Cooper's Hawk - Photo Copyright Ward Cameron 2003 - Click to view a larger image Cooper's Hawk - Photo Copyright Ward Cameron 2003 - Click to view a larger image Cooper's Hawk - Photo Copyright Ward Cameron 2003 - Click to view a larger image Cooper's Hawk - Photo Copyright Ward Cameron 2003 - Click to view a larger image  
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Cooper's Hawk
Accipiter cooperii

Hawks, Eagles and Falcons
Hawk Family (Accipitridae)

Size: Length: Male: 38-43 cm/Female: 43-48 cm Wingspan: Male: 70-80 cm/Female: 80-94 cm

Description: This medium sized Accipiter looks very much like a large sharp-shinned hawk. It has a dark upper body, with a light underside banded with red. The tail is heavily banded, and has rounded edges. Females are somewhat larger.

Similar Species: The sharp-shinned hawk looks similar, but is smaller and the tail has a much more square profile.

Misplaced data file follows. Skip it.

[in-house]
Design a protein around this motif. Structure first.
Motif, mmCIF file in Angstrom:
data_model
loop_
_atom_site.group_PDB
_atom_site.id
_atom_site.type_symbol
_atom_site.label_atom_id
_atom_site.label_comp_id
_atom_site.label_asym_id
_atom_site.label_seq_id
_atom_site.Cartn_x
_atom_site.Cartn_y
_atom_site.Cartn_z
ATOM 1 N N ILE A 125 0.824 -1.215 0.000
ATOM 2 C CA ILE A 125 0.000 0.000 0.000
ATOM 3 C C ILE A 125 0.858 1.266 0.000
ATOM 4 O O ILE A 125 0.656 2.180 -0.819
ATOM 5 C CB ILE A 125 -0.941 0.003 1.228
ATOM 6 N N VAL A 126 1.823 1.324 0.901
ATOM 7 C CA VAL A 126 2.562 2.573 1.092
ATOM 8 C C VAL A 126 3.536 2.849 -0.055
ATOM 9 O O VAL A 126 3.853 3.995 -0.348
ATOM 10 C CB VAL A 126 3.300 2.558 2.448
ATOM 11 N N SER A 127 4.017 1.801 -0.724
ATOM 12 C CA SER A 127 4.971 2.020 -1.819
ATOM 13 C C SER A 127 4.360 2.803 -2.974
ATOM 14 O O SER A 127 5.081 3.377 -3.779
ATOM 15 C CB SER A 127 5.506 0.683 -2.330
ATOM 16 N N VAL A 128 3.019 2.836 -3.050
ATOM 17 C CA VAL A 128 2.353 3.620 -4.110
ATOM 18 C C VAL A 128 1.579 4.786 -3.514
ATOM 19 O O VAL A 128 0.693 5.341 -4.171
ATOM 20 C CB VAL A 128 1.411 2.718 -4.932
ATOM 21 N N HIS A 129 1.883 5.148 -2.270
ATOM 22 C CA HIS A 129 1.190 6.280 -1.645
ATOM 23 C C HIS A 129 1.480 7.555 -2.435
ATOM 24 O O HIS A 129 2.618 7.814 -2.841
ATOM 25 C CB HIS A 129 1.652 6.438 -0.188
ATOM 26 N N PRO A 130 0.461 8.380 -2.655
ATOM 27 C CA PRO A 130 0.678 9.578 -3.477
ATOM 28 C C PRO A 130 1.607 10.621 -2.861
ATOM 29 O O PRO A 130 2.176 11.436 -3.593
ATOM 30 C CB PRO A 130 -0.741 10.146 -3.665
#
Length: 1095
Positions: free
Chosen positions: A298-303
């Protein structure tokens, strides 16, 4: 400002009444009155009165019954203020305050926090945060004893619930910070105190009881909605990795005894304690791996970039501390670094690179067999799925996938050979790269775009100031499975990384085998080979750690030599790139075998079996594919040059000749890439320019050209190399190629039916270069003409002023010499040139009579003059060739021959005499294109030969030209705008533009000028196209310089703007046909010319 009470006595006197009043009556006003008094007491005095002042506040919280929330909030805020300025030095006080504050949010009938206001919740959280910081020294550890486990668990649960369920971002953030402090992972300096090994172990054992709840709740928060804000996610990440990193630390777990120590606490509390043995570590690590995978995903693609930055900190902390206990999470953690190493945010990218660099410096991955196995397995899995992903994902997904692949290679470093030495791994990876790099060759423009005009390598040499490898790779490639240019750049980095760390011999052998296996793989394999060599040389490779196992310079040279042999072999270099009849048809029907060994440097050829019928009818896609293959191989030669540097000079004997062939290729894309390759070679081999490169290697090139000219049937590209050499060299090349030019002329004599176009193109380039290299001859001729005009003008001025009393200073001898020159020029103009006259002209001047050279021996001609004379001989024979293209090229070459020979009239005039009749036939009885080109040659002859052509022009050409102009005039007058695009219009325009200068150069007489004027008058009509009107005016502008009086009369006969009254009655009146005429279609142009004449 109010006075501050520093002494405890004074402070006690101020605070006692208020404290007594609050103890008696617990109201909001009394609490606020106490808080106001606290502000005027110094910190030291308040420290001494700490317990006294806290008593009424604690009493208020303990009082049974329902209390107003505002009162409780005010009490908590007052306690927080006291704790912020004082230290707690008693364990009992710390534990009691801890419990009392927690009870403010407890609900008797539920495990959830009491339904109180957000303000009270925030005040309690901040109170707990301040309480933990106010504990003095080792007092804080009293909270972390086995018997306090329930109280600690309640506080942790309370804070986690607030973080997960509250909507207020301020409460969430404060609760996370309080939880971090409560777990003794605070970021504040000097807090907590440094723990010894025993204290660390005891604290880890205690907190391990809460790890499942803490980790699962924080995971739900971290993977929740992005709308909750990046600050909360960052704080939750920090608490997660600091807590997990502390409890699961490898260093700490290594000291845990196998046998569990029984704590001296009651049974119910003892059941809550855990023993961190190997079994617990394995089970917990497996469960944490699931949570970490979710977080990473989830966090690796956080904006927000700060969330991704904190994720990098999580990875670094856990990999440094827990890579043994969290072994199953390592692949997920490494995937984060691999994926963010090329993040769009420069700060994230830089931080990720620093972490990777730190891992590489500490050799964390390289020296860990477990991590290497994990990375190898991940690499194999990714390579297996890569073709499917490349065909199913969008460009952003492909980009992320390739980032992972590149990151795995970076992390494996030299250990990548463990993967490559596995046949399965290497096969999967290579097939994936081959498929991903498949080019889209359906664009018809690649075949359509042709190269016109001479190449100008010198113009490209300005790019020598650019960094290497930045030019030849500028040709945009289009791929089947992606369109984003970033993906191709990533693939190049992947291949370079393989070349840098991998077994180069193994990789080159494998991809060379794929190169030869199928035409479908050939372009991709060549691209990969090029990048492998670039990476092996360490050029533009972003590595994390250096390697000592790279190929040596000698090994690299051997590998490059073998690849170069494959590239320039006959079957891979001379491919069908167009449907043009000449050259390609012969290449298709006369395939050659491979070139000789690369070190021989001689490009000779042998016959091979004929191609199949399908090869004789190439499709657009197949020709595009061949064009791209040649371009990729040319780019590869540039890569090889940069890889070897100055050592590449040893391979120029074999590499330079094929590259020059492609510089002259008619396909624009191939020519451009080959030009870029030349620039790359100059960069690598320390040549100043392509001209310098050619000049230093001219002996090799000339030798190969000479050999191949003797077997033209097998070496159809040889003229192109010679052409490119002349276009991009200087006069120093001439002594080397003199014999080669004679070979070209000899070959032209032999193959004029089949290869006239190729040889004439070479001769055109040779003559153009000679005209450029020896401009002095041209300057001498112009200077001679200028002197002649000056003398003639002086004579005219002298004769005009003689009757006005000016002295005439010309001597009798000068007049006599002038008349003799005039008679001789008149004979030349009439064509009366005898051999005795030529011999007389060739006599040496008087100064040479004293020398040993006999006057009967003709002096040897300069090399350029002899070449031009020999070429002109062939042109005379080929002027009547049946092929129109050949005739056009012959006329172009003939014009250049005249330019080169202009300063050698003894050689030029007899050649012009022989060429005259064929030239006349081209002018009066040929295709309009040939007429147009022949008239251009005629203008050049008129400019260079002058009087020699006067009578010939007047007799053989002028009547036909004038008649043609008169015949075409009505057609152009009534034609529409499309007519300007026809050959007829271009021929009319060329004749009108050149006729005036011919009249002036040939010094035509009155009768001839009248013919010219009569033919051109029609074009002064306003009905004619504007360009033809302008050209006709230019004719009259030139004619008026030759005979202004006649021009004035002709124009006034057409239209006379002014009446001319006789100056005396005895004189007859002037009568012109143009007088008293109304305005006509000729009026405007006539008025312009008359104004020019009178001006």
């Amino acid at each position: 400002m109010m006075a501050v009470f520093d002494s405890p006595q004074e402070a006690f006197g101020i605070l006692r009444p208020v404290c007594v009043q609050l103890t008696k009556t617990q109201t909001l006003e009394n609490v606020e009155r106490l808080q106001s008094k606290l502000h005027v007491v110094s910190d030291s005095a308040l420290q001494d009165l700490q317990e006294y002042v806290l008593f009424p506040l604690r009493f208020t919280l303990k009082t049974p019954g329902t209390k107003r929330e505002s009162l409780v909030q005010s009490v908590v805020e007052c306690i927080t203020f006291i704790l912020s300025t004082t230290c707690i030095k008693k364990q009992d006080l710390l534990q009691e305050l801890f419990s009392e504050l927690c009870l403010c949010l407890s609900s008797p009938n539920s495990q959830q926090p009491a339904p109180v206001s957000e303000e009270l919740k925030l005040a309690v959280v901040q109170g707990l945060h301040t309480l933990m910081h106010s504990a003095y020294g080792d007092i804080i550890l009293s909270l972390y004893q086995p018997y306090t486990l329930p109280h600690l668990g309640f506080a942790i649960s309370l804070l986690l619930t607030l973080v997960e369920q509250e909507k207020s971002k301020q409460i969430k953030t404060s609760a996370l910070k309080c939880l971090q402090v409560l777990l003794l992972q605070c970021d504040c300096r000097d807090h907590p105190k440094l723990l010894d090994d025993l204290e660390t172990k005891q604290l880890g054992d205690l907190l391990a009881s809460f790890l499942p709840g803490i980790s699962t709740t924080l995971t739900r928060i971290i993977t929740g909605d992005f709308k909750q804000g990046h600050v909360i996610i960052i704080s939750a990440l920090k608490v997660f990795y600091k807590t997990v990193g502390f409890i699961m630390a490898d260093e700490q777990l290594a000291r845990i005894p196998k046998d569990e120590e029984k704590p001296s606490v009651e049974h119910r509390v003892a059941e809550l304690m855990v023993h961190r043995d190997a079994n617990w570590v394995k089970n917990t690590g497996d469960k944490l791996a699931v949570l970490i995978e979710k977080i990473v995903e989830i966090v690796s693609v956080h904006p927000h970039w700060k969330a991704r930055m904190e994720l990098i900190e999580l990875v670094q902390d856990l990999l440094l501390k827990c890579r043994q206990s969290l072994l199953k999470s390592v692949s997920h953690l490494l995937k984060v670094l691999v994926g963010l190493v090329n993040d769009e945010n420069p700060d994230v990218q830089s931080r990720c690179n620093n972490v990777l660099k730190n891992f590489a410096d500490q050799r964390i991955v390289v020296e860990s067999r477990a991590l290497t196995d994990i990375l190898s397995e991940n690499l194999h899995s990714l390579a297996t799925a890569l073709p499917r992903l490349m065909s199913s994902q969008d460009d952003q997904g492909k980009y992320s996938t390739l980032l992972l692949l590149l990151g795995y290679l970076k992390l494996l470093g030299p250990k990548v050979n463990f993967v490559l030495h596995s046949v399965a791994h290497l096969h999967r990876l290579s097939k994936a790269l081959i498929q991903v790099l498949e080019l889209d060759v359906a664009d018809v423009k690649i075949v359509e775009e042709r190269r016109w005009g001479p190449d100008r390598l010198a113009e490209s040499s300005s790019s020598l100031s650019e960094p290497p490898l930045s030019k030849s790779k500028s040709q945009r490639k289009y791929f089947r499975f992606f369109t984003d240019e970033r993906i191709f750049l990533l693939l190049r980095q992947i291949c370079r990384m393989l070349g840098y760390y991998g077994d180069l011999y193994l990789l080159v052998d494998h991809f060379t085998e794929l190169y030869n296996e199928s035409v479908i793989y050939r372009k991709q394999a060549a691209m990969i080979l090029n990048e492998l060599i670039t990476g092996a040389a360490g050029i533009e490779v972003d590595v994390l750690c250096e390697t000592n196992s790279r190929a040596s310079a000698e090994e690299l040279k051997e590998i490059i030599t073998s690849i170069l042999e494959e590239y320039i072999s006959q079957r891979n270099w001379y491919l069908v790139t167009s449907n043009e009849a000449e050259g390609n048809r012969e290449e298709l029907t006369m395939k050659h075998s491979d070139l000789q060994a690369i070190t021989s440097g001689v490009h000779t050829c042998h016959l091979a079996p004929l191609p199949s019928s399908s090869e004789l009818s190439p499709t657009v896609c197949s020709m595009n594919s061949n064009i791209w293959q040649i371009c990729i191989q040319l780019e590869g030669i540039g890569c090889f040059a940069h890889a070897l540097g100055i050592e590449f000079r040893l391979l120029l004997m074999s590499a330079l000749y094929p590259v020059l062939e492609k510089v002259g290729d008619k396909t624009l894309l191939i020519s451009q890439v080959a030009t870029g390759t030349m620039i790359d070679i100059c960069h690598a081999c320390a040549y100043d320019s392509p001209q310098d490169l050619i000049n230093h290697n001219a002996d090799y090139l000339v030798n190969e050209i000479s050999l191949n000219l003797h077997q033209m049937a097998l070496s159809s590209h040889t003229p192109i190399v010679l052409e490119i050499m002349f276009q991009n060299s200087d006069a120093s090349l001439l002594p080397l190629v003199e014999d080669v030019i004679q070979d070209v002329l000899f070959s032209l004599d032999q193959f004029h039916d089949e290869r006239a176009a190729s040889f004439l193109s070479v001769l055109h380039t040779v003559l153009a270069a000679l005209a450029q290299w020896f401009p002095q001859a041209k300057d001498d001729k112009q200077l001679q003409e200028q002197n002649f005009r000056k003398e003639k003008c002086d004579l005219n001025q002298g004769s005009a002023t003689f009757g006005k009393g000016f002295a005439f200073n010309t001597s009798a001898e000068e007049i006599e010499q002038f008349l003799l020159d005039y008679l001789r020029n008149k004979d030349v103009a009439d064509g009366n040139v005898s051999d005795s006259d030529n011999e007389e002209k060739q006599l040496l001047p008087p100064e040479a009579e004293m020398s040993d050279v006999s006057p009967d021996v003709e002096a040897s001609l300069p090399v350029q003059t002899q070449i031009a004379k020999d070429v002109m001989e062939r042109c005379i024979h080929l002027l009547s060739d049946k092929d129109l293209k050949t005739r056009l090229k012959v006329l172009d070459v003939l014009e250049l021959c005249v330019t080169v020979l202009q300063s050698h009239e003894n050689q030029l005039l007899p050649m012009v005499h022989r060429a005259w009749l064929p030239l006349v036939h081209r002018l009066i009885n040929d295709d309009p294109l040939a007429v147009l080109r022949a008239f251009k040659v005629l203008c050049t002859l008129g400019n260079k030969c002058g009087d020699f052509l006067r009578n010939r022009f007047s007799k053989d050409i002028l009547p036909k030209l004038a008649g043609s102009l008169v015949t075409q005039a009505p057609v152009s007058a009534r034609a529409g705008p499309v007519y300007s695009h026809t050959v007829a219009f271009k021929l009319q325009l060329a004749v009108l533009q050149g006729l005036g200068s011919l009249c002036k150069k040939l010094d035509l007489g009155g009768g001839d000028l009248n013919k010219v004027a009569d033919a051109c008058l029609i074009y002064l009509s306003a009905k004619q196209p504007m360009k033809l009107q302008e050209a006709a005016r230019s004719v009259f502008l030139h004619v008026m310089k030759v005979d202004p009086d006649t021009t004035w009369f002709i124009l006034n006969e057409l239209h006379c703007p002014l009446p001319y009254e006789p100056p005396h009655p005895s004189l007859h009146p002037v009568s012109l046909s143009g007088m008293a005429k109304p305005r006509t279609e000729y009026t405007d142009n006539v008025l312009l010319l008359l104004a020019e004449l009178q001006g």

Range: Cooper's hawks are found across much of southern Canada, and most of the United States. The can be found in the Canadian Rockies, south of Lesser Slave Lake and throughout the American Rockies.

Habitat: They are found in dense coniferous or deciduous forests.

Diet: Like other Accipiters, the Cooper's hawk feeds on smaller birds, including thrushes, sparrows, finches, and woodpeckers. It will also hunt squirrels and other small mammals.

Nesting: They nest in dense forest areas, often 6-18 m (20-60 ft) above the ground. They build a flat platform into which the female lays 4 (sometimes 5-6) white eggs that may be tinged with blue. There may be some blotching as well. Incubation is by both parents, with the eggs hatching after 23-25 days. The hatchlings are semi-altricial and downy. Both parents care for the young, and the nestlings fledge at 5-6 weeks.

Related Links:

Hinterland Who's Who - Hawks

Search for recent Cooper's Hawk sightings

Hire an expert guide to help you locate Cooper's Hawk

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All Material Ward Cameron 2005

 

 

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